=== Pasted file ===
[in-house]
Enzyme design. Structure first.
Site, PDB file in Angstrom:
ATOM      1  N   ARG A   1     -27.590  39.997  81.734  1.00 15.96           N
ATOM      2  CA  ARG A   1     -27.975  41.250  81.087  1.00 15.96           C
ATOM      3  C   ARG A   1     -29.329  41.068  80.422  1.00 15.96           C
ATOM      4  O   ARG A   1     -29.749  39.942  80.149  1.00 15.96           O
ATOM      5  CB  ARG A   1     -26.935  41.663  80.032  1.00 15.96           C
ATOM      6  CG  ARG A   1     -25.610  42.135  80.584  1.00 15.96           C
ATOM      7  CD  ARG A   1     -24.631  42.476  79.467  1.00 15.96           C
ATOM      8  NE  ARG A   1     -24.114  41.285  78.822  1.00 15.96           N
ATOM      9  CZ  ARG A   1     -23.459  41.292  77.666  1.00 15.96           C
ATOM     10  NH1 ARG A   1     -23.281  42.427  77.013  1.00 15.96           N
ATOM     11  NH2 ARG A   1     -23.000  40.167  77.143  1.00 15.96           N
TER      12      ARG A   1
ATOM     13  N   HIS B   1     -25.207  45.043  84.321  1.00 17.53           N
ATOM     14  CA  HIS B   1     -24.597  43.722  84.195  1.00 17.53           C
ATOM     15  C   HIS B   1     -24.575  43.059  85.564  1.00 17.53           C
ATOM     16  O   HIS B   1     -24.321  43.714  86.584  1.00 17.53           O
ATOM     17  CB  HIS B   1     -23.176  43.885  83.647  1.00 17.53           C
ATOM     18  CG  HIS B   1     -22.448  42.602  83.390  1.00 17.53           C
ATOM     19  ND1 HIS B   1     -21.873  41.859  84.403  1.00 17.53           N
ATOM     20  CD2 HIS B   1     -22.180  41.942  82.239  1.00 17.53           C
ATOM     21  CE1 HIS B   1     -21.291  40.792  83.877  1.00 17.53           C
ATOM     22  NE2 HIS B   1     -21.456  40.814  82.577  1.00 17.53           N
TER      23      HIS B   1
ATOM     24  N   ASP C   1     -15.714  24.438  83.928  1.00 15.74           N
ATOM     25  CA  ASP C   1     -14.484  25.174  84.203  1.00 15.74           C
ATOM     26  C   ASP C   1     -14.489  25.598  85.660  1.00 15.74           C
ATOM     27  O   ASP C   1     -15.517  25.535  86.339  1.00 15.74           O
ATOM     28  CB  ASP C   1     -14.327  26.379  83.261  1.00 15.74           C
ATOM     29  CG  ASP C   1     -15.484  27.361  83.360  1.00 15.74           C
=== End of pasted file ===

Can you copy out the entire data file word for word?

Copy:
[in-house]
Enzyme design. Structure first.
Site, PDB file in Angstrom:
ATOM      1  N   ARG A   1     -27.590  39.997  81.734  1.00 15.96           N
ATOM      2  CA  ARG A   1     -27.975  41.250  81.087  1.00 15.96           C
ATOM      3  C   ARG A   1     -29.329  41.068  80.422  1.00 15.96           C
ATOM      4  O   ARG A   1     -29.749  39.942  80.149  1.00 15.96           O
ATOM      5  CB  ARG A   1     -26.935  41.663  80.032  1.00 15.96           C
ATOM      6  CG  ARG A   1     -25.610  42.135  80.584  1.00 15.96           C
ATOM      7  CD  ARG A   1     -24.631  42.476  79.467  1.00 15.96           C
ATOM      8  NE  ARG A   1     -24.114  41.285  78.822  1.00 15.96           N
ATOM      9  CZ  ARG A   1     -23.459  41.292  77.666  1.00 15.96           C
ATOM     10  NH1 ARG A   1     -23.281  42.427  77.013  1.00 15.96           N
ATOM     11  NH2 ARG A   1     -23.000  40.167  77.143  1.00 15.96           N
TER      12      ARG A   1
ATOM     13  N   HIS B   1     -25.207  45.043  84.321  1.00 17.53           N
ATOM     14  CA  HIS B   1     -24.597  43.722  84.195  1.00 17.53           C
ATOM     15  C   HIS B   1     -24.575  43.059  85.564  1.00 17.53           C
ATOM     16  O   HIS B   1     -24.321  43.714  86.584  1.00 17.53           O
ATOM     17  CB  HIS B   1     -23.176  43.885  83.647  1.00 17.53           C
ATOM     18  CG  HIS B   1     -22.448  42.602  83.390  1.00 17.53           C
ATOM     19  ND1 HIS B   1     -21.873  41.859  84.403  1.00 17.53           N
ATOM     20  CD2 HIS B   1     -22.180  41.942  82.239  1.00 17.53           C
ATOM     21  CE1 HIS B   1     -21.291  40.792  83.877  1.00 17.53           C
ATOM     22  NE2 HIS B   1     -21.456  40.814  82.577  1.00 17.53           N
TER      23      HIS B   1
ATOM     24  N   ASP C   1     -15.714  24.438  83.928  1.00 15.74           N
ATOM     25  CA  ASP C   1     -14.484  25.174  84.203  1.00 15.74           C
ATOM     26  C   ASP C   1     -14.489  25.598  85.660  1.00 15.74           C
ATOM     27  O   ASP C   1     -15.517  25.535  86.339  1.00 15.74           O
ATOM     28  CB  ASP C   1     -14.327  26.379  83.261  1.00 15.74           C
ATOM     29  CG  ASP C   1     -15.484  27.361  83.360  1.00 15.74           C